At the same time, Cruz is using the conversation sparked by Scalia’s death as a wedge against his GOP rivals, most pointedly Donald Trump. On the debate stage, Cruz flatly said the billionaire “will appoint liberals” to the court if elected, a warning he has echoed in media appearances since their meeting in Greenville.  

“If Donald Trump becomes president, the Second Amendment will be written out of the Constitution because it is abundantly clear that Donald Trump is not a conservative,” Cruz said on “This Week.” “He will not invest the capital to confirm a conservative.” 

Cruz’s campaign amplified the message later Sunday with the release of a TV ad that lists some of the issues that could come before the court then says Americans “cannot trust Donald Trump with these serious decisions.” The 30-second spot, titled “Supreme Trust,” includes part of a 1999 interview in which Trump describes himself as “very pro-choice” and says he would not ban partial-birth abortions as president.  

Trump is also finding political value in the renewed debate about judicial nominees, reviving questions about Cruz’s onetime support for Justice John Roberts, whose two decisions upholding Obama’s health care law have angered conservatives. In 2005, Cruz, then the solicitor general of Texas, wrote a glowing op-ed for the National Review that urged swift confirmation of Roberts after then-President George W. Bush nominated him.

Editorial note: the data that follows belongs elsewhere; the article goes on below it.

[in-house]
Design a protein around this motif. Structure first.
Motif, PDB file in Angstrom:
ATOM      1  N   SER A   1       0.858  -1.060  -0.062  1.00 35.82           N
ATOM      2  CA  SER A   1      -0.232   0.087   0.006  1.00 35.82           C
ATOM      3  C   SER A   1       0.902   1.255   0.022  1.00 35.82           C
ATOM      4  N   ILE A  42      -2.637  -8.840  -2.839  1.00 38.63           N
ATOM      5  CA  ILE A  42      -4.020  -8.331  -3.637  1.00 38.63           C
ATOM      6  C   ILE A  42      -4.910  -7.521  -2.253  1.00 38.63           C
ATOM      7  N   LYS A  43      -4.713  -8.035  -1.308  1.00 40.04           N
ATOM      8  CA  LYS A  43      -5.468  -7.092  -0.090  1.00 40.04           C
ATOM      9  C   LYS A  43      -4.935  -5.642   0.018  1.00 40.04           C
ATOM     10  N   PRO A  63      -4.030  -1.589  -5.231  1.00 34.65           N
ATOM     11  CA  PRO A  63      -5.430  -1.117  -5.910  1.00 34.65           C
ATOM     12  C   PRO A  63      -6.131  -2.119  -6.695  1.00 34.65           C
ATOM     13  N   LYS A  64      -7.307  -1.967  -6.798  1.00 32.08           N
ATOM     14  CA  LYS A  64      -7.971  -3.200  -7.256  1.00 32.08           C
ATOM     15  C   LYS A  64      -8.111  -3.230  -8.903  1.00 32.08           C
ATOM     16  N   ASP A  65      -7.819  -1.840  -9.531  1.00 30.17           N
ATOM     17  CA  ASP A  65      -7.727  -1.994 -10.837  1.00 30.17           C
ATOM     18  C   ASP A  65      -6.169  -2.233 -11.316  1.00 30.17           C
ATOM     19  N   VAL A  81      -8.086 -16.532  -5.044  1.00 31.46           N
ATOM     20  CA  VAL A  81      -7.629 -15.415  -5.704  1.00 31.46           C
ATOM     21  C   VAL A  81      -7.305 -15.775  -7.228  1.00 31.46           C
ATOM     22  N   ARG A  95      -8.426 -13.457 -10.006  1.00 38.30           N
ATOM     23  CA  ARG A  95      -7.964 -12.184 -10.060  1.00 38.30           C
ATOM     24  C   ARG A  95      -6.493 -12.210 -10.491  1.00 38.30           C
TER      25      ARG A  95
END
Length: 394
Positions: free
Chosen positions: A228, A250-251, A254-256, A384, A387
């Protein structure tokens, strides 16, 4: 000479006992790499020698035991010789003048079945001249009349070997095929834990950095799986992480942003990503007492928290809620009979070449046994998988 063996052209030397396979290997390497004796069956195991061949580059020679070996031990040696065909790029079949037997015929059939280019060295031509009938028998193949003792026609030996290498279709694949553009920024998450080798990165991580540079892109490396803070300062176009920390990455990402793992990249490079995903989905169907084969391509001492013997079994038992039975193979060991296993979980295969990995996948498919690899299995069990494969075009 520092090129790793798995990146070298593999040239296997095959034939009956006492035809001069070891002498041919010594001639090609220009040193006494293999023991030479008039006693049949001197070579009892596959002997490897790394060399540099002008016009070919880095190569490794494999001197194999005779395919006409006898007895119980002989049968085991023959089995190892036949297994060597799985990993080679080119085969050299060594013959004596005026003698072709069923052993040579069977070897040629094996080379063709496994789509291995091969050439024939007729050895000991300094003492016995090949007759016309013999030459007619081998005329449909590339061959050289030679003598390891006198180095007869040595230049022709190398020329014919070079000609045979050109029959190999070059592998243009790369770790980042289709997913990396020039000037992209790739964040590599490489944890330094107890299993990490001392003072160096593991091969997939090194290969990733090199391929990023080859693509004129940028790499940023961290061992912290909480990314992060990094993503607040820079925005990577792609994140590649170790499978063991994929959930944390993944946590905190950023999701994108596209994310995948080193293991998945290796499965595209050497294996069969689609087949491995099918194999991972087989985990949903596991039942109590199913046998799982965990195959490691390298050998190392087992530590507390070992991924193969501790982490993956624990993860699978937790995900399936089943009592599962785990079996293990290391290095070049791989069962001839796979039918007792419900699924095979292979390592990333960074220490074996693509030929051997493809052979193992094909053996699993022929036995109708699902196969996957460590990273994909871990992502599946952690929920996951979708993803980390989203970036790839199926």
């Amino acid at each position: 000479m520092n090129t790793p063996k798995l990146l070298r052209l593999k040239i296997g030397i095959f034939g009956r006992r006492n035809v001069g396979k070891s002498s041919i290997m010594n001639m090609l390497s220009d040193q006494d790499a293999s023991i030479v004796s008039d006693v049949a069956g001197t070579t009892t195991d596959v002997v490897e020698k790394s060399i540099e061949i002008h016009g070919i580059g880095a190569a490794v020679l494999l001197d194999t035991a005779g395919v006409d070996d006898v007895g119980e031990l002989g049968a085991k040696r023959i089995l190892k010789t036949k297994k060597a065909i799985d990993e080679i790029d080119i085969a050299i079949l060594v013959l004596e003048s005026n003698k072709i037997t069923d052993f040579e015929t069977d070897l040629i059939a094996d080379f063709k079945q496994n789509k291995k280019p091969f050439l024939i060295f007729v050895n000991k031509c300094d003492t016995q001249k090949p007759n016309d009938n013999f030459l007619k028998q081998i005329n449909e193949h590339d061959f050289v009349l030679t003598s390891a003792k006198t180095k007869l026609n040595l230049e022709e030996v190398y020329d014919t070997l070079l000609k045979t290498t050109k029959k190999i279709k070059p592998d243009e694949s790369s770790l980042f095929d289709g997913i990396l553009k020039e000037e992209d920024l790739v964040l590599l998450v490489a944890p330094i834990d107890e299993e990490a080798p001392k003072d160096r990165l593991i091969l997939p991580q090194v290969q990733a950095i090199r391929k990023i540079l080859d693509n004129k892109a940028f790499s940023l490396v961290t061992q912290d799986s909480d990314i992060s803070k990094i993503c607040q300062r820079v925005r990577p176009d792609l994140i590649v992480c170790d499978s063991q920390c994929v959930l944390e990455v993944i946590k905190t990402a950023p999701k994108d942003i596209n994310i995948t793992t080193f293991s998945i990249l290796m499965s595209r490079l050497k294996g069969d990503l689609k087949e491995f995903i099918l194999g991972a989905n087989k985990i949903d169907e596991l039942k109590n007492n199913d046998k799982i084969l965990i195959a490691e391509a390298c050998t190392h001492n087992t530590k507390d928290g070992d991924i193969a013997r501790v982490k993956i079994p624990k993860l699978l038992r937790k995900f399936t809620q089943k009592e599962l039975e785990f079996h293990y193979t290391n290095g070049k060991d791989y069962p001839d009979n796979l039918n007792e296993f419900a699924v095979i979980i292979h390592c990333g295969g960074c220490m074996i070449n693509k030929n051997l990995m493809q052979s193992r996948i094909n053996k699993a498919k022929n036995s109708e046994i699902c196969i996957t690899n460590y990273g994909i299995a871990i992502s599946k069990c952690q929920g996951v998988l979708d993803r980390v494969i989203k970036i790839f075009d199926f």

Cruz “put John Roberts on the Supreme Court,” said Trump, stretching the truth, in an interview on Fox News following the debate. “He was the one that pushed for John Roberts. John Roberts has been a disaster. John Roberts had two chances to knock out Obamacare, and he didn’t do it.” 

Cruz, for his part, insists he regrets supporting Roberts in the wake of his betrayals on Obamacare. If he had his way, he says, he would not have nominated him in the first place.  

Abby Livingston contributed to this report. 

[gdlr_icon type=”icon-camera-retro” size=”16px” color=”#999999″]TOP IMAGE: U.S. Sen. Ted Cruz speaks to supporters in Hollis, New Hampshire, after his apparent third-place showing in the state’s Republican presidential primary on Feb. 9, 2016. / photo credit: Allegra Boverman

[gdlr_notification icon=”icon-external-link” type=”color-background” background=”#ffcc20″ color=”#ffffff”]This article originally appeared in The Texas Tribune.[/gdlr_notification]